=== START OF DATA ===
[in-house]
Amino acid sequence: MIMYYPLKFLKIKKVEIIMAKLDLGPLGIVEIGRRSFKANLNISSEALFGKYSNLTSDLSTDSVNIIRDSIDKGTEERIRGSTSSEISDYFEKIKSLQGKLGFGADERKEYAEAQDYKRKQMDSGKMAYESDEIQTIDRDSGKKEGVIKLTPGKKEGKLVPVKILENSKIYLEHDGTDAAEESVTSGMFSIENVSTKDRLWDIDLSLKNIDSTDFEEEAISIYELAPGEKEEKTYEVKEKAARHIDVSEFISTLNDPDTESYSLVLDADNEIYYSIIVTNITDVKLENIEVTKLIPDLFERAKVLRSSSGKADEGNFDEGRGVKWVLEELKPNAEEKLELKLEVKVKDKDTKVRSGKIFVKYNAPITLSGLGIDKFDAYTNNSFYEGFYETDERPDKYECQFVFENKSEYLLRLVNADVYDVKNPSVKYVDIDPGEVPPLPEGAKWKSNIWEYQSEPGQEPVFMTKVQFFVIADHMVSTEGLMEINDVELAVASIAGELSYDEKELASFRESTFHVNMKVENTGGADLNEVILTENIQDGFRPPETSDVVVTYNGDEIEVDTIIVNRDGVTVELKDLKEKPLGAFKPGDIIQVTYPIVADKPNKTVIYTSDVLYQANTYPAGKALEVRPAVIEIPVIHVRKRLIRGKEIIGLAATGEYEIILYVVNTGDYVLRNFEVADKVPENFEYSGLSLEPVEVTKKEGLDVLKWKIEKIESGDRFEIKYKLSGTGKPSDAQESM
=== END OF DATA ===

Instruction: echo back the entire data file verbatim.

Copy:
[in-house]
Amino acid sequence: MIMYYPLKFLKIKKVEIIMAKLDLGPLGIVEIGRRSFKANLNISSEALFGKYSNLTSDLSTDSVNIIRDSIDKGTEERIRGSTSSEISDYFEKIKSLQGKLGFGADERKEYAEAQDYKRKQMDSGKMAYESDEIQTIDRDSGKKEGVIKLTPGKKEGKLVPVKILENSKIYLEHDGTDAAEESVTSGMFSIENVSTKDRLWDIDLSLKNIDSTDFEEEAISIYELAPGEKEEKTYEVKEKAARHIDVSEFISTLNDPDTESYSLVLDADNEIYYSIIVTNITDVKLENIEVTKLIPDLFERAKVLRSSSGKADEGNFDEGRGVKWVLEELKPNAEEKLELKLEVKVKDKDTKVRSGKIFVKYNAPITLSGLGIDKFDAYTNNSFYEGFYETDERPDKYECQFVFENKSEYLLRLVNADVYDVKNPSVKYVDIDPGEVPPLPEGAKWKSNIWEYQSEPGQEPVFMTKVQFFVIADHMVSTEGLMEINDVELAVASIAGELSYDEKELASFRESTFHVNMKVENTGGADLNEVILTENIQDGFRPPETSDVVVTYNGDEIEVDTIIVNRDGVTVELKDLKEKPLGAFKPGDIIQVTYPIVADKPNKTVIYTSDVLYQANTYPAGKALEVRPAVIEIPVIHVRKRLIRGKEIIGLAATGEYEIILYVVNTGDYVLRNFEVADKVPENFEYSGLSLEPVEVTKKEGLDVLKWKIEKIESGDRFEIKYKLSGTGKPSDAQESM